Tanner took over a baseball program in 1997 that was used to having success, but had fallen back in recent seasons. Tanner's predecessor, June Raines, had great success in his 20 years of coaching the Gamecocks. Raines only had one losing season – his final year – and won at least 40 games nine times. He took the Gamecocks to the College World Series four times, but had not taken Carolina to Omaha since 1985. It took Tanner only four seasons to break the school record of 51 wins set in 1975 when Carolina went 56-10 in 2000, and two years later Tanner had his team back in Omaha. 2002 was the first of three consecutive seasons the Gamecocks were in Omaha, but never was able to achieve the highest prize. It wasn't until six years later that Tanner won the grand prize and he enjoyed it so much that he did it again in 2011. In 15 years, Tanner has won at least 40 games 13 times and won at least 50 games five times.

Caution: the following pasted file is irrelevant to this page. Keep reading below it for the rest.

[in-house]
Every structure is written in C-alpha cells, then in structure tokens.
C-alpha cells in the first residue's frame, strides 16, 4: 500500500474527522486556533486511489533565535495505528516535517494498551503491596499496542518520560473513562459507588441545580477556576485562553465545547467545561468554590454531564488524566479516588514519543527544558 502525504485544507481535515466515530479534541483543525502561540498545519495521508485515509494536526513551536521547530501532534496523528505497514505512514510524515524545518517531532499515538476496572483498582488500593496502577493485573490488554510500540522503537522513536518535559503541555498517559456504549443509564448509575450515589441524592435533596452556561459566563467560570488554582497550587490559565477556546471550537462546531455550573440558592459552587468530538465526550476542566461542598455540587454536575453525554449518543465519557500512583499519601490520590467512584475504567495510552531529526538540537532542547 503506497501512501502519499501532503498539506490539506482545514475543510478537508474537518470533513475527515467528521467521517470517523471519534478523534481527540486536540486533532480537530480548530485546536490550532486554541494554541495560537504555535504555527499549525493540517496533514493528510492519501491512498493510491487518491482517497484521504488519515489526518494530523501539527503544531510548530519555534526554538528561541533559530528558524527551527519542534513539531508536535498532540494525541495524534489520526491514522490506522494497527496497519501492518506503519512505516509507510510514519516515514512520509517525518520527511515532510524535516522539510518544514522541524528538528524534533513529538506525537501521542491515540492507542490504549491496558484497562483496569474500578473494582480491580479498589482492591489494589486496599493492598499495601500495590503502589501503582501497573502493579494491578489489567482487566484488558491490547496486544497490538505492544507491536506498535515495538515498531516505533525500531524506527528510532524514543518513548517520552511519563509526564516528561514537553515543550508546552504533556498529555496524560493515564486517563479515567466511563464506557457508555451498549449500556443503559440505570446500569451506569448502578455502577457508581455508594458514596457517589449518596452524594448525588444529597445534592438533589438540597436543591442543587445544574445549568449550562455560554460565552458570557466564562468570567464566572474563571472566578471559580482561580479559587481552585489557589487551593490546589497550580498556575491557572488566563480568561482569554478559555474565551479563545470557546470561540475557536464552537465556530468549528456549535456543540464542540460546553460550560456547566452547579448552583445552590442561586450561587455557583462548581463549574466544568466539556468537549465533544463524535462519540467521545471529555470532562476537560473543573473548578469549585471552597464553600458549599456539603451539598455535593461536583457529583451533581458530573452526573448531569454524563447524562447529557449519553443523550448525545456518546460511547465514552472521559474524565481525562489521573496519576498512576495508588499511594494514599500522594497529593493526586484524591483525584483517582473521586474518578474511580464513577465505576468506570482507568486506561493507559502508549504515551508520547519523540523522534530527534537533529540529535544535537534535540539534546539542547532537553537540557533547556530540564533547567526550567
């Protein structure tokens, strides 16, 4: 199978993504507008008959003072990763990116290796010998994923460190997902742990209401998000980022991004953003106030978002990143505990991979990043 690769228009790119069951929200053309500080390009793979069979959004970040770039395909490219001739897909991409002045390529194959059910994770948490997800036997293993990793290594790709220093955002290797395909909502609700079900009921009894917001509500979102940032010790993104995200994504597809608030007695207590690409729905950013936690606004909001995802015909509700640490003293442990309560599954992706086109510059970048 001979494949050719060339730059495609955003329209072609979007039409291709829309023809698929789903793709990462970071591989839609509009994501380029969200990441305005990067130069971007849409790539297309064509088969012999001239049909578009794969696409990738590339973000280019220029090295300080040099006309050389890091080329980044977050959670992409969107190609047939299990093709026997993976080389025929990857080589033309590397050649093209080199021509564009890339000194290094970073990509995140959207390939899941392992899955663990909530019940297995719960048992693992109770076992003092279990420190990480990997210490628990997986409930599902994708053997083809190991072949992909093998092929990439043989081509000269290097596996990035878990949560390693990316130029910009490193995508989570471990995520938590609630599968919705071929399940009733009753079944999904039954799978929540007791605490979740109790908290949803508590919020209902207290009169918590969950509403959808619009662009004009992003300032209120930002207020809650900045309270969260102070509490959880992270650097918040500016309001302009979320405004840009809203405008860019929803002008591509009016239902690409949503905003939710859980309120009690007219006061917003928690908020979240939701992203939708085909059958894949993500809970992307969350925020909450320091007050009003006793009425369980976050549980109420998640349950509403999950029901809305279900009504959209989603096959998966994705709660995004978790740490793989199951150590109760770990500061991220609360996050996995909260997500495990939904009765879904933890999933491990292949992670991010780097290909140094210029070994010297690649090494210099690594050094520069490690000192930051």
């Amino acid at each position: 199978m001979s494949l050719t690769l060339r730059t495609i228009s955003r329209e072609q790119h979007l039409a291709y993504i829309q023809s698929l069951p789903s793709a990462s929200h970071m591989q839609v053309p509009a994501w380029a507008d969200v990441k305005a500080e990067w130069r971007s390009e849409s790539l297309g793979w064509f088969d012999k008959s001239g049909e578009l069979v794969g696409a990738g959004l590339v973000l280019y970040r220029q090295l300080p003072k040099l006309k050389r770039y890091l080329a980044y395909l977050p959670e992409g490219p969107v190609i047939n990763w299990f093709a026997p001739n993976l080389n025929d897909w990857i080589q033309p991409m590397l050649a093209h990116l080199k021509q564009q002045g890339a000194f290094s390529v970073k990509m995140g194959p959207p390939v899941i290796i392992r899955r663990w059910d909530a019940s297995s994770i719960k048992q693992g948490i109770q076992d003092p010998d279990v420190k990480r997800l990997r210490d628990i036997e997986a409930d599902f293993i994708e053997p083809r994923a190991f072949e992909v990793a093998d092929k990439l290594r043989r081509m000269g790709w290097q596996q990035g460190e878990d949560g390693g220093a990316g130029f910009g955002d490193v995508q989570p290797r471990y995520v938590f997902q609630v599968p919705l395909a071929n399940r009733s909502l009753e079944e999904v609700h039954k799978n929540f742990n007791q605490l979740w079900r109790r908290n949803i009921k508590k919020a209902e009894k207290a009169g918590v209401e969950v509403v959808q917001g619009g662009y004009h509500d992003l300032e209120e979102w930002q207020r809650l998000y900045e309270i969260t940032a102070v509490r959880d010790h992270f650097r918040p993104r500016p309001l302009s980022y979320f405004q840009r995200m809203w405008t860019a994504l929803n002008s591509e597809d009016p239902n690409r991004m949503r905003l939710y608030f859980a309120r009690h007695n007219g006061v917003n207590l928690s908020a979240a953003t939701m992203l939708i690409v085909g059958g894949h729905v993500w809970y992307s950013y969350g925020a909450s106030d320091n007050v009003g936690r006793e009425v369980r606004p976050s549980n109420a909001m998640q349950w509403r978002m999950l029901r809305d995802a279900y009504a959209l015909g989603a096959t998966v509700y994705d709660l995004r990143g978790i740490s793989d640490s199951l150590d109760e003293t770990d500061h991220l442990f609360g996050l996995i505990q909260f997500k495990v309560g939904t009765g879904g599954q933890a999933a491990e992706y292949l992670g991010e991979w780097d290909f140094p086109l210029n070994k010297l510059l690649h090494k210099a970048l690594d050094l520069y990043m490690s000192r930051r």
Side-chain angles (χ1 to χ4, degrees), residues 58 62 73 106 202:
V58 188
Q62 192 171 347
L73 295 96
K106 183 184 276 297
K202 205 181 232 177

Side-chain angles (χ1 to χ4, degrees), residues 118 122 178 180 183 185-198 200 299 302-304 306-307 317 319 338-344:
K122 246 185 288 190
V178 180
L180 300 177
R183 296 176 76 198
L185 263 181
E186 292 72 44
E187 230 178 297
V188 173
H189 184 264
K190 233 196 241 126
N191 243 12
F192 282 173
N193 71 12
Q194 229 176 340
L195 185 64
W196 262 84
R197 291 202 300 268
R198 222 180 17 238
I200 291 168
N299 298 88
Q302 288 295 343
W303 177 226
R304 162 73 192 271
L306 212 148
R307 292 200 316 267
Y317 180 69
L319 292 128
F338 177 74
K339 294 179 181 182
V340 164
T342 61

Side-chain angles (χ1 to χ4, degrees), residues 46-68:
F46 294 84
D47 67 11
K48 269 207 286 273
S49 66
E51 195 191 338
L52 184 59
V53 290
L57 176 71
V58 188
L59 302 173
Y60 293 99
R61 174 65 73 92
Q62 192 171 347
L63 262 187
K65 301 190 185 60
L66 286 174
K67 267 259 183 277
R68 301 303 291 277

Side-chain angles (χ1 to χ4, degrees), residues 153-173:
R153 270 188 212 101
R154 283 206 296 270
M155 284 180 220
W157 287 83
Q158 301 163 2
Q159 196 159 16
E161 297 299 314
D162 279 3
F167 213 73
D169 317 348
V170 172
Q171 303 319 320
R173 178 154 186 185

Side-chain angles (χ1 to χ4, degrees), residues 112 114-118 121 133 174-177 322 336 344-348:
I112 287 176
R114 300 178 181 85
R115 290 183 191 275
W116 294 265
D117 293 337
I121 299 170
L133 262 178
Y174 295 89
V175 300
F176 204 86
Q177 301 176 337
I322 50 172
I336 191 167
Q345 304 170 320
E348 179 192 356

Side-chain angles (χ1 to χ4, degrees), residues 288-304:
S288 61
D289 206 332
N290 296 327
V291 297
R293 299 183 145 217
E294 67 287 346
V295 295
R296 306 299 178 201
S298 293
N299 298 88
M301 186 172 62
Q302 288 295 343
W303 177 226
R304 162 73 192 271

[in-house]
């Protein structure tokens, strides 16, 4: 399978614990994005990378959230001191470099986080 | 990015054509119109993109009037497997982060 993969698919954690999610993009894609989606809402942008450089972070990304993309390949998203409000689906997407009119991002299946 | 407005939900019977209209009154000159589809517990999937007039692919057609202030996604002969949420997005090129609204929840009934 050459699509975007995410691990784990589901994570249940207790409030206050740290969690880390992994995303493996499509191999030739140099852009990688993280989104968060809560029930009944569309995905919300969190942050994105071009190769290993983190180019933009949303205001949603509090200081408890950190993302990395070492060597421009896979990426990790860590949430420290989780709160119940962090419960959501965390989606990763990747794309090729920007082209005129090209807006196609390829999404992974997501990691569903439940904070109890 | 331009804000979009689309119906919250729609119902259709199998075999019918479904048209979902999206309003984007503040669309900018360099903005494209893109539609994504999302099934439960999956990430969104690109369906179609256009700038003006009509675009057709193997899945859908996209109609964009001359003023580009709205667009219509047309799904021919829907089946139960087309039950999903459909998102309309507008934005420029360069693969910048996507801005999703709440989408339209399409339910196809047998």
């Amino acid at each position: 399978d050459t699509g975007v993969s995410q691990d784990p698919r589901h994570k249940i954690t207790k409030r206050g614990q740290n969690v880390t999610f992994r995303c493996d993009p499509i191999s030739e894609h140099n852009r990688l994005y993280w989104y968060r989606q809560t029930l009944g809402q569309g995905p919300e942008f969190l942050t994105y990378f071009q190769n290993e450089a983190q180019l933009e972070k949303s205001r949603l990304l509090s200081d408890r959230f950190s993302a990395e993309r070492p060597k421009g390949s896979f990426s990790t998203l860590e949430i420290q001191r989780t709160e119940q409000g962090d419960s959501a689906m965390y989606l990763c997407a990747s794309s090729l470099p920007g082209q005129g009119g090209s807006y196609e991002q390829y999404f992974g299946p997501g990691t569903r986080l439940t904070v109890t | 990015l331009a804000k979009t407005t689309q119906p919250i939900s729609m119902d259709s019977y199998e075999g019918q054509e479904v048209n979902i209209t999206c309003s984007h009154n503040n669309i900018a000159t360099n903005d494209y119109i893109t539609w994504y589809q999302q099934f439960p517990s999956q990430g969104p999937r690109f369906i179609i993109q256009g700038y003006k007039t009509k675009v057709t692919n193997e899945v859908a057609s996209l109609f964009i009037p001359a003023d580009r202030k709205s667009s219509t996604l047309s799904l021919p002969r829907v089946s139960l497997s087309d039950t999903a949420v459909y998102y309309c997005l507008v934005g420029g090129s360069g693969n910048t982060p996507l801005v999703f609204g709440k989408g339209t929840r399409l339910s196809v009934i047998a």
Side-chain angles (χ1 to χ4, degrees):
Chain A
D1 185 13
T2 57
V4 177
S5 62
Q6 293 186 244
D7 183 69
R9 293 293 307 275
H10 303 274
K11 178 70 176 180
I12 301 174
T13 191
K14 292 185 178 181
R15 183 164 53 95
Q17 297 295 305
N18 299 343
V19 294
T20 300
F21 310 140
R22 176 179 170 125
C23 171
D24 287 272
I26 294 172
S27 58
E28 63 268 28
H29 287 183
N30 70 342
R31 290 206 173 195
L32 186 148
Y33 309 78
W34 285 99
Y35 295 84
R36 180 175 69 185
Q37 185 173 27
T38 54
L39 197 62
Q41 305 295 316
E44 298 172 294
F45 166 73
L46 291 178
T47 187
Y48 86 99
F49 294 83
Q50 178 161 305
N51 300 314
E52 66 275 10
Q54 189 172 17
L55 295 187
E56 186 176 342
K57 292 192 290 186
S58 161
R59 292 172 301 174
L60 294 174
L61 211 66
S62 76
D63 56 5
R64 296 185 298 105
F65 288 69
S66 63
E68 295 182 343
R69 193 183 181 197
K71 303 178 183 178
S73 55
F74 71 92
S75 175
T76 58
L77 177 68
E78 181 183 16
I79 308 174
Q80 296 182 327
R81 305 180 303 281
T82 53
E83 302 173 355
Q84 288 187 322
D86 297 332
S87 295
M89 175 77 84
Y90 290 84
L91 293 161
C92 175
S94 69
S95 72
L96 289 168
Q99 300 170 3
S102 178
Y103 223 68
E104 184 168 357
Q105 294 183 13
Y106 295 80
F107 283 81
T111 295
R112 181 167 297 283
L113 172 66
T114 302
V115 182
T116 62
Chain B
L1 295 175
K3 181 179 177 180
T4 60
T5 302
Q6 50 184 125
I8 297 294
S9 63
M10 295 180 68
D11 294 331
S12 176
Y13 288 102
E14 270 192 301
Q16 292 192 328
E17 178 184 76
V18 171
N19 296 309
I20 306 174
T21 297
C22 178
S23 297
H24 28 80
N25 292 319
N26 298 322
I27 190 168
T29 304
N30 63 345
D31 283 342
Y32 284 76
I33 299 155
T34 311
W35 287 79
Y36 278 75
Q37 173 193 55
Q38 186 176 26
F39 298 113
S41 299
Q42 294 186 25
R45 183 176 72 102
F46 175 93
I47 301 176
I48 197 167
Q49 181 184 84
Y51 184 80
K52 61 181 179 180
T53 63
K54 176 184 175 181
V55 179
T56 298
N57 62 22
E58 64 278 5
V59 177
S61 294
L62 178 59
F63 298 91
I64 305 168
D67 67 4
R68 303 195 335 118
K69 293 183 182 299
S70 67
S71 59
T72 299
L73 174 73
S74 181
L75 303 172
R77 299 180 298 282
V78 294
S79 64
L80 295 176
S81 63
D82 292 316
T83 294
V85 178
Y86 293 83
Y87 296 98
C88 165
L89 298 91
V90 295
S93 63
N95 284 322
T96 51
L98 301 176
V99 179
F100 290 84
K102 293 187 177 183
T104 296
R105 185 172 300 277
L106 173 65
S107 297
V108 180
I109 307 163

Spurrier took over the football program in 2005 after Lou Holtz retired from coaching. Though Holtz had given Carolina its best back-to-back seasons in 2000 and 2001, he had left Spurrier a program in shambles. After back-to-back 5-7 seasons and the unforgettable brawl with rival Clemson in his last game as coach turned out to be just the beginning of troubles. After cleaning house after multiple arrests and suspensions, Spurrier may have wondered what he was getting himself into. Spurrier recovered and won eight games in his first season, including South Carolina's first win in Knoxville against Tennessee and a win over Spurrier's alma mater Florida. In 2006 Spurrier won eight games, including a win at Clemson and a bowl win over Houston in the Liberty Bowl. 2007 would be a year to forget after losing the final five games of the season after a 6-1 start had the Gamecocks in the top 10. 2008 and 2009 would be mediocre 7-6 seasons with embarrassing performances in the respective bowl games. 2010 would be a turn-around season with Spurrier taking the Gamecocks to its first SEC Championship game appearance after a 9-3 season. The Gamecocks would lose to Auburn in the championship game and then lost to Florida State in the bowl game.